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- History of Fashion
Women’s Fashion - 1940s to 1960s
By the beginning of the 1930s, fashion design and haute couture clothing style stepped down a "few notches" to be more compromising, and the times called for a balance between preserving the feminine look and re-discovering simple elegance.
Fashion designers created clothing that became more romantic with "soft" feminine looks. Waistlines returned as the flapper style clothes of the 20's faded out and hemlines became longer.
The bust line re-appears accentuating the woman's silhouette, and the backless evening gowns and slim fitting day dresses once again become appreciated.
These great years in fashion history soon moved into war times, and as fashion soon became a frivolity, utility range of clothing evolved.
Austere Styles of the 40's
At the time, it was trendy to appear in uniforms because uniformed men and women was a common sight and were seen all over the place.
Uniforms were worn to special events and ceremonies and this "fashion" trend continued after the end of the 2nd World War in 1945.
Because the war called for austerity measures, being flippant was frowned upon. Women had to make do with whatever apparel they had and often recycled their once glamorous clothing of the “hey days” to make nice dresses.
Vintage 40s Dresses
The strictness of rationing made women 'make do and mend' because absolutely nothing must go to waste.
Cases abound where people had to use whatever textiles they could lay their hands on to make their clothes, including fabrics such as parachute silk.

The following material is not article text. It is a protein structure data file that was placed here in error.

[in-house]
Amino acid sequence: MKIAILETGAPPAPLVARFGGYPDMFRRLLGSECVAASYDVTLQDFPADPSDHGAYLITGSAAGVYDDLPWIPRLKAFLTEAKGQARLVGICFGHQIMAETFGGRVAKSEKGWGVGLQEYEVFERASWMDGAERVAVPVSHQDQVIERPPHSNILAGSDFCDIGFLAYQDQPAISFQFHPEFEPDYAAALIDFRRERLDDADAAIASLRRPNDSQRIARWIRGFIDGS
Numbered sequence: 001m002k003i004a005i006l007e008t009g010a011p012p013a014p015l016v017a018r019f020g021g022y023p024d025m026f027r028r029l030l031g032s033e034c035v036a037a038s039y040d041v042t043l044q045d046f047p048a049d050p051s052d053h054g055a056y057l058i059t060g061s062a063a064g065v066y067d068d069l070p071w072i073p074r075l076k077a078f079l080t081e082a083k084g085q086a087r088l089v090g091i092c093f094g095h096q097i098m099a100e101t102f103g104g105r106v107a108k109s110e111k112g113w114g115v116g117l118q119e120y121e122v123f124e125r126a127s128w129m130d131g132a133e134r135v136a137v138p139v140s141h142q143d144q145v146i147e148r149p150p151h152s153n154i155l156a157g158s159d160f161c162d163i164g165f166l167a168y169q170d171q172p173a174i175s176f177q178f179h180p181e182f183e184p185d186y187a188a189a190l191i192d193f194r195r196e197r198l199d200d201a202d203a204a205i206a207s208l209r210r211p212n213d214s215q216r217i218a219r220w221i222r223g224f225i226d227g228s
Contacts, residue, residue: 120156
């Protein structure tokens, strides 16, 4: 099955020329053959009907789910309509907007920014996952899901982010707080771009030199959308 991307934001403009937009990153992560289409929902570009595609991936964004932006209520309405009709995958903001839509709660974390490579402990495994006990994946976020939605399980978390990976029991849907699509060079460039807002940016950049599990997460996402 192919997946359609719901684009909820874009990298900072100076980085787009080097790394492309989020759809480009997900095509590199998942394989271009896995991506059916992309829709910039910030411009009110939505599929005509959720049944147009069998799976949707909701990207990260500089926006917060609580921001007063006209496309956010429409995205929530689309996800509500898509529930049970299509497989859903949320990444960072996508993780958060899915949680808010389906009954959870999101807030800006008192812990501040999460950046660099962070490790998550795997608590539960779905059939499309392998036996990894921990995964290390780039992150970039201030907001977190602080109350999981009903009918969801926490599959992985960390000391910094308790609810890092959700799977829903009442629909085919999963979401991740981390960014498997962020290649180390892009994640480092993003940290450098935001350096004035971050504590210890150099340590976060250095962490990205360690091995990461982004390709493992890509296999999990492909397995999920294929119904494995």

They even had to unravel old and worn socks to make cardigans and neck scarves.
Women style of attires changed and their wardrobes include simple and practical clothes like:
- Trousers for practicability and convenience
- Boxy jackets or tops with nipped in waists
- Skirts and simple blouses
- Turbans and head-scarves
No fashionable styles were promoted during these times and apparel manufacturers were encouraged by the government to produce a utility range of clothing.
The clothes produced were also subject to austerity regulations which restricted the yardage of cloth used for any garment's design.
This was evident where pockets were discouraged, men's turn up trousers banned, and limits imposed on shirt lengths.
50s Women Clothing Styles
The 50’s represent different things to different people, but it certainly was a time of growth, capitalism, conservatism, and anti-communism, and a return to fashionably designed clothes and fresh new styles.
Along with changes in the rest of life, fashion was undergoing many of its own changes too. The 50's fashion was greatly influenced by things like music, idols, the movies, etc.., and clothing styles quite often meant taking luxury to the extreme.
It was like a new femininity was discovered and this reflected greatly in couture fashion. Clothes styles became more conventional, and women wore scarlet lipstick and bright red fingernails.
Christian Dior's new look influenced softer shoulders, corseted waists, and fuller long skirts held in place by flared stiff petticoats.
Corsets were an essential in a woman's wardrobe because the ideal body shape for the 50's fashion was the hour-glass (figure eight) shape. Provocative and sexy strapless gowns demanded the use of strapless brassieres and every woman of style had them.
Daytime styles were very feminine, designed to remind every woman that she's a woman and because she had "gone without" during the war years, she deserves this luxury. It was "death to utility clothing", and the years of deprivation.